2. After attacks everyone gets busy speculating who might be behind it. IM, LeT or some one else.

    I wonder what difference does that make. Even if the concerned terror outfit leaves a stamp paper signed, can India do anything about but shout, cry and beat it’s chest?

  3. “..ordinary people in and around it are unaware, unconcerned or incompetent..”

    A bit harsh there Nitin. Do you expect us to go around our daily lives as if we are in a war zone? for how long? We can be alert for a few days, weeks maybe but inevitably will slide.

    regards,
    Jai

  4. >>One, develop the ability to respond in a tit-for-tat fashion, across the levels of escalation. Two, get to the root of the problem by destroying the military-jihadi complex.

    I don’t see option #1 as a much of a choice.

    First, I don’t think Pakistan’s ruling elite cares much for loss of (Pakistani) life. Our rulers are definitely incompetent, and probably indifferent, but I’dn’t call them barbaric yet.

    Second, there’s no point in retaliatory attacks unless Pakistan recognizes where the attacks are coming from. If they do recognize, they are not going to be held back by the lack of concrete evidence linking the attacks to India; mere suspicion would be enough for their raging public to mount pressure on their government. Going ballistic against us in international fora would be Pakistan’s first reaction. Taking escalations on Indian soil to a level of gruesomeness greater than 26/11 and blaming them on “non-state actors” would be the second. Simply put, “Deniabililty” is no advantage to India as it is to Pakistan.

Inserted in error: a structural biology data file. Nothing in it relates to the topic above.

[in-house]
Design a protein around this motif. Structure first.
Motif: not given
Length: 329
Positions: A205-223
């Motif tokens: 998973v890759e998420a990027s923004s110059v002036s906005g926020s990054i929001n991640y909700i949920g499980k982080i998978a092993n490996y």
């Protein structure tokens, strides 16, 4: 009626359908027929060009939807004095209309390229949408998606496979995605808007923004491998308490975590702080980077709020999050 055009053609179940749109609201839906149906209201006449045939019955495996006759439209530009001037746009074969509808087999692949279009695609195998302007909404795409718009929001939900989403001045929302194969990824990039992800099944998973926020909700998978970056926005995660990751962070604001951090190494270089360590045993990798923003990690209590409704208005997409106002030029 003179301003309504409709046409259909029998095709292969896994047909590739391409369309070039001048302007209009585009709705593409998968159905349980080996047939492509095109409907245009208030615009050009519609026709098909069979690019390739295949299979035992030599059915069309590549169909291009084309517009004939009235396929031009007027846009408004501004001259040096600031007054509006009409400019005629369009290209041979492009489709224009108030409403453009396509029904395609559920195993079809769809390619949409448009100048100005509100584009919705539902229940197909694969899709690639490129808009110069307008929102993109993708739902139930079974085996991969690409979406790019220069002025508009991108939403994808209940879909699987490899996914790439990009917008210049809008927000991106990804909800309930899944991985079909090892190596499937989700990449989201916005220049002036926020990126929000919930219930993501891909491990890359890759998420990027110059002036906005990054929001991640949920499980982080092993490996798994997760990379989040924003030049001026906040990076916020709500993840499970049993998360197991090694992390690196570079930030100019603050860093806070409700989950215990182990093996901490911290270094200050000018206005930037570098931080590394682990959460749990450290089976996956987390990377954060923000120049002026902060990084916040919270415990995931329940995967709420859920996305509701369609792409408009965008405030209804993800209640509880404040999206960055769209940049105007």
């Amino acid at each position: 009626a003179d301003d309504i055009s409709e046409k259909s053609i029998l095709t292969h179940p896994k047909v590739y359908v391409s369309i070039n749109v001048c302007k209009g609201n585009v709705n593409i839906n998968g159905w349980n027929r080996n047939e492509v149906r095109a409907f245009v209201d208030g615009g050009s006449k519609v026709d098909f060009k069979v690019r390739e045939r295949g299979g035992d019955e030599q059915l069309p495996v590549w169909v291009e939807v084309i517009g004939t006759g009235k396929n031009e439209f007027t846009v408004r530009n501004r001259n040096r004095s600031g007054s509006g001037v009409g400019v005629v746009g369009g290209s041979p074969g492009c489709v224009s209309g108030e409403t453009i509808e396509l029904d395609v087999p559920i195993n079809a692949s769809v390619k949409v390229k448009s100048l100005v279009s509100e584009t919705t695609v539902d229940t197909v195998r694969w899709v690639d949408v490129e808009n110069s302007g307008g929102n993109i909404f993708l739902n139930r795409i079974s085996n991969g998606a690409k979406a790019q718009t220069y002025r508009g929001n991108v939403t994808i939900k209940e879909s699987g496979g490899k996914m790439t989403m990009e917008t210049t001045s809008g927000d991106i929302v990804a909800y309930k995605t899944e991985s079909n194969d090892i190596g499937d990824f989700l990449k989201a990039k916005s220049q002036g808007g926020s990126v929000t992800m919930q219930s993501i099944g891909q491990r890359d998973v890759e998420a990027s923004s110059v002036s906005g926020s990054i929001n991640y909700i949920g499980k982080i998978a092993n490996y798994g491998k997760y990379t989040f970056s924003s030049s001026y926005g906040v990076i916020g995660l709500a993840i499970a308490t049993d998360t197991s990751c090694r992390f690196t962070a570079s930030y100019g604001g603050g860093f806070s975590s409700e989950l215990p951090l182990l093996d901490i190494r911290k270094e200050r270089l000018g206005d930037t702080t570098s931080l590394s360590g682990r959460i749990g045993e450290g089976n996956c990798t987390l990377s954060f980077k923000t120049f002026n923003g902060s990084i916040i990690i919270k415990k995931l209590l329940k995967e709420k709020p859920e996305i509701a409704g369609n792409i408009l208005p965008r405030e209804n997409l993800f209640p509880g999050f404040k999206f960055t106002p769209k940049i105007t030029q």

In my view, India’s real handicap is not externally directed tactics or strategy, but lack of (internal) will. Do Indians really care if their compatriots die in terror attacks? The answer is neither “yes” nor “no”. It is “N.A” or “Don’t Know”. We have come to this pass because the enemy’s friend is firmly entrenched in the civil society and the media; and probably in the government as well. Currently, he is busy trying to accustom us to the routine of terror attacks; to get us to take it in our stride and get on with our lives. This plan is working for two reasons: one, we have become a media-driven society where state policy is influenced, if influenced at all, by not real public opinion but the one orchestrated on TV screens. Second: the probability that the average Indian will die a premature death in a road accident is still higher than the probability of falling victim to a terrorist attack.